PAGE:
In part 1, I noted that the roadblocks to a sustainable truce in Gaza were: justice, humanitarian aid and clarity in Gaza.
First, justice must be served because Israel has been accused of (knowingly) bombing civilian targets, e.g., the UN school and zoo, and using DIME (Dense Inert Metal Explosive), white phosphorous and flechettes (small darts released from shells), which are controversial weapons, especially when deployed against civilians. A number of organizations, institutions, and countries have begun investigating these allegations. Furthermore, an elusive, but by no means weak, notion has floated around that, despite what the courts decide, Israel acted unethically in the bombardment by using excessive force and denying humanitarian aid, which compounded to create unnecessary human suffering. So far Israel has not apologized but asserted that they have a moral obligation to protect their citizens, and indeed they do; however, they also have a moral obligation to abide by human rights legislation.
At present, very little, if any, humanitarian aid has made it into Gaza and very little, including injured children, has made it out — the carnations on Valentine’s Day were one exception. Again Israel deserves security, but Gazans deserve medical and humanitarian assistance, especially in such deplorable conditions. The verdict will not lie with the courts because excessive force remains somewhat abstract, despite the 100 to 1 mortality ratio, but will lie with public opinion. Currently, at least one organization campaigns against the budget request for military aid to Israel ($31 billion in Bush’s tenure and $53 billion in total plus $1 billion worth of fuel since 2004). Although there was a general discomfort at the violence of the bombardment, few people, and fewer nations, have condemned Israel. (However, Israel’s Ambassador to Sweden did have a shoe thrown at him.) Everyone has their own reasons: some do not want to be labelled a radical and others feel they do not have enough information to speak out.
For the hesitant ones, some anonymous action exists: in the States you can send a letter asking President Obama to reconsider sending military aid or you can send one to Sen. Kerry and Representatives Baird and Ellison thanking them for visiting Gaza. For those lacking information, Voices for Creative Nonviolence lists these sources (.pdf). Unfortunately, most mainstream media has been hesitant to appear radical, or at least unsympathetic to the Holocaust, but this appears to be changing. CBS recently produced a 60 Minutes segment that provided a balanced view of the issues relating to the West Bank.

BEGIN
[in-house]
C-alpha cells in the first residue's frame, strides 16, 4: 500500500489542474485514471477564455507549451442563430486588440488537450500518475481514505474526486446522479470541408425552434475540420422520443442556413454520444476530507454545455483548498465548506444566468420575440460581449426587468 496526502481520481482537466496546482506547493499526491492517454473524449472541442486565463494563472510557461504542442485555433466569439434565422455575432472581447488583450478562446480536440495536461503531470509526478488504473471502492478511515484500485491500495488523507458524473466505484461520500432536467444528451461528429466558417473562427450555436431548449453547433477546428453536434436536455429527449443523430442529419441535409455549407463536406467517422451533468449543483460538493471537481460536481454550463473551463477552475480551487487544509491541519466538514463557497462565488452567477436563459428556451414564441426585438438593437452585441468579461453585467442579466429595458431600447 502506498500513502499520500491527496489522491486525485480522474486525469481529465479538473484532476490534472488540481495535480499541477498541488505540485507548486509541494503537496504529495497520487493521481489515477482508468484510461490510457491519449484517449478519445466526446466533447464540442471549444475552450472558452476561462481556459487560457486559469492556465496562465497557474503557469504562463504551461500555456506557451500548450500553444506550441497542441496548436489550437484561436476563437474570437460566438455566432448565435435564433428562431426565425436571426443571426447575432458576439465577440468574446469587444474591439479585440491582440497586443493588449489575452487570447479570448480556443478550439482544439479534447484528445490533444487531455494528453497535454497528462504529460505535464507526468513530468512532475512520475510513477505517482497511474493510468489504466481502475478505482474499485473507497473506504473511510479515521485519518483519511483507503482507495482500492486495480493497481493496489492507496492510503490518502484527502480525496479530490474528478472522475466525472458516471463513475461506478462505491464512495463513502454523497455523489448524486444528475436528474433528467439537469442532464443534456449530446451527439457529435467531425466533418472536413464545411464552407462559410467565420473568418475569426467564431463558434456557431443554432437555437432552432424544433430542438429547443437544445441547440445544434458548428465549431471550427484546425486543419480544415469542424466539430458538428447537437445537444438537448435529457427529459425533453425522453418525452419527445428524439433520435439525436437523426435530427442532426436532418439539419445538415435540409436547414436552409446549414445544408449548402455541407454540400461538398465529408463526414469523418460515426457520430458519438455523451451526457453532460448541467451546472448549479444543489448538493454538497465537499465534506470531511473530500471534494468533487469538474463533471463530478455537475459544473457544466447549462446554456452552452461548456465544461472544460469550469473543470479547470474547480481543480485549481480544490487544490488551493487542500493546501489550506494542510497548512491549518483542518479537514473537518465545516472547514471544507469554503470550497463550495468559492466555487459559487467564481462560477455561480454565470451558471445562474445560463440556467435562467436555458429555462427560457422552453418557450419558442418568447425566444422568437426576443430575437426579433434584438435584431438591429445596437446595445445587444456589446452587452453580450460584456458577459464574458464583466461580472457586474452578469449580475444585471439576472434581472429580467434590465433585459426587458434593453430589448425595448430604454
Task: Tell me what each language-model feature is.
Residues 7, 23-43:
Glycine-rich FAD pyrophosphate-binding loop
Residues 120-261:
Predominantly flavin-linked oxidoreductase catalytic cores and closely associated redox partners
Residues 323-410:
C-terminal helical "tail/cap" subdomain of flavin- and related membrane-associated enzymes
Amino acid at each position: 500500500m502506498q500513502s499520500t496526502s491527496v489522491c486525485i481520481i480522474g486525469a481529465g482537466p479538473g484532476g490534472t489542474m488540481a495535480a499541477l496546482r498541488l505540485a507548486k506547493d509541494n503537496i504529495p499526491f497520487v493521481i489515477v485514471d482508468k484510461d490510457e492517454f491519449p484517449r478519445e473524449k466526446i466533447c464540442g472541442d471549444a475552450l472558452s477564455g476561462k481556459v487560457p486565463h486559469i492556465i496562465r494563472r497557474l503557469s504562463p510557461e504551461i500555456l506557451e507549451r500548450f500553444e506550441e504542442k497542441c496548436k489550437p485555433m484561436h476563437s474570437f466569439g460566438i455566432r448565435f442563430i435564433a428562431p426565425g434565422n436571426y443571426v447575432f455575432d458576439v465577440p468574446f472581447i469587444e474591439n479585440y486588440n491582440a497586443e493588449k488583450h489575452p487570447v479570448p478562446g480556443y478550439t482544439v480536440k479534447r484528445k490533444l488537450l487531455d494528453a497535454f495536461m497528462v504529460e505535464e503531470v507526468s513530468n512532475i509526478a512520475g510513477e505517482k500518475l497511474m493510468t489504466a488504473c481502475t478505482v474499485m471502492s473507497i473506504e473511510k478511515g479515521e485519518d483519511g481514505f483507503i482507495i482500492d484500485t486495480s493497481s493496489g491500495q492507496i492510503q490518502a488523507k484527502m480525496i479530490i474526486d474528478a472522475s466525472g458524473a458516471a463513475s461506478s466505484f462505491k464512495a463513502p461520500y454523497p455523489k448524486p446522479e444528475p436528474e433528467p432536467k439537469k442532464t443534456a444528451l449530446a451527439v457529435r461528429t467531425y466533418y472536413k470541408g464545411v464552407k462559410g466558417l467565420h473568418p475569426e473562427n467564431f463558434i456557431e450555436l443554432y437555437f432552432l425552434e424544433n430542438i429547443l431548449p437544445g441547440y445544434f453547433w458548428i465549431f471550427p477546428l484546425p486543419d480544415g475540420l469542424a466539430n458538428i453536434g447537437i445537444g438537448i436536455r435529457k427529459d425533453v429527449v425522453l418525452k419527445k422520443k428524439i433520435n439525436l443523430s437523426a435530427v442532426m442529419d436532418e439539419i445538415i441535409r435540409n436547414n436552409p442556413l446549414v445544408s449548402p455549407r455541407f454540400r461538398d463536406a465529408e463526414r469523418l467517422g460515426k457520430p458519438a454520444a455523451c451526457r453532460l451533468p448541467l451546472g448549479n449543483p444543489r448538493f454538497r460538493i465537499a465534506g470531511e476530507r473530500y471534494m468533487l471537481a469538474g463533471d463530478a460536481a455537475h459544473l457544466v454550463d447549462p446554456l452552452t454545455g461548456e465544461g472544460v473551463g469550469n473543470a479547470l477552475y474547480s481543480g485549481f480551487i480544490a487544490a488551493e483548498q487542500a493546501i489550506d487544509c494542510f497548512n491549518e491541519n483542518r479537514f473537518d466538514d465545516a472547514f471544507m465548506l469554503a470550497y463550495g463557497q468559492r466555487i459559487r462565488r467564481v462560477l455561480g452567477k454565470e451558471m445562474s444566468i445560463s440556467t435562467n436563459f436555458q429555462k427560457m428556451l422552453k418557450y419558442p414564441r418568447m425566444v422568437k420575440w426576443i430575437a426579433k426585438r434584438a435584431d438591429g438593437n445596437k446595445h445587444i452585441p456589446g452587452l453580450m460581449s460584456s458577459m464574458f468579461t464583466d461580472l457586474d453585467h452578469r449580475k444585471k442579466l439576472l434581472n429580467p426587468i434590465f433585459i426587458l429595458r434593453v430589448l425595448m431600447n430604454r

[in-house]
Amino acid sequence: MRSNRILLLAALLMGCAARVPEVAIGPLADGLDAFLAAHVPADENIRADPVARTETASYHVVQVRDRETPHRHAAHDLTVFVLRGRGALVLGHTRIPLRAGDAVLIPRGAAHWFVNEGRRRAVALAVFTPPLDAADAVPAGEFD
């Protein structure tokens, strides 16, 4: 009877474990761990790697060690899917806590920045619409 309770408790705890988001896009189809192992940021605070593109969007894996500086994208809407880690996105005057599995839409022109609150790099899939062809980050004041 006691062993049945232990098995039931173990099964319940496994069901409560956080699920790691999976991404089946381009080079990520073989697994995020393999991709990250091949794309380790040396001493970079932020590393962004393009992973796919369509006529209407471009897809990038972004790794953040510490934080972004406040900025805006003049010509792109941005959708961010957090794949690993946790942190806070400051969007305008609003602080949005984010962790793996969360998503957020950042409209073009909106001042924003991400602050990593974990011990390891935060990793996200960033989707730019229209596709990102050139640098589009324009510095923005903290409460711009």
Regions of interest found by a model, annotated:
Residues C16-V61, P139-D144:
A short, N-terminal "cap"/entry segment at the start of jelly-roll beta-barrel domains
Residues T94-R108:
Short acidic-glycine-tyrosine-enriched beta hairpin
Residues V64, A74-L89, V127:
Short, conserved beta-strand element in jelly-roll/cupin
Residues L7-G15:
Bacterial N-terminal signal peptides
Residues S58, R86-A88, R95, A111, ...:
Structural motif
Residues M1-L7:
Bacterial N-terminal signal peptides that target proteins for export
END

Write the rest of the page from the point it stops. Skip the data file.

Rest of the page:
Nevertheless, with respect to the Gaza bombardment, there was a media blackout. John Snow took an innovative approach and made an excellent documentary on the effect of the blackout. Unfortunately, media timidity manifested itself when British broadcasters refused to air DEC’s appeal. Tony Benn reacted by taking matters into his own hands and provided DEC’s contact info against the host’s wishes; furthermore, El Baradei, the IAEA chief, reacted by boycotting the BBC. Alex Thomson of the BBC plodded on and at times struck gold: check out how he handles Mark Regev here.
Time can bring perspective, but it can also fade issues into irrelevance, e.g., no reprimand or consequence came from the excellent reporting by Dan Rather and Human Rights Watch regarding Israel’s use of cluster munitions in Southern Lebanon. In the excellent segment by CBS, Livni states that she will remove all settlers to facilitate a two state solution (a separate Israel and Palestine); however, nothing so far indicates otherwise: wall construction, home destruction, and mass arrests continue.
As Uri Avnery provides an excellent breakdown of what may happen as a result of the election, it is clear that something must happen; hopefully justice, humanitarian aid, and media clarity coupled with Obama’s determination and Mitchell’s skill will result in something unthinkable — peace or at least a long term truce with open borders. If the strong desire of this Gaza survivor for peace is any indication, it may yet be thinkable.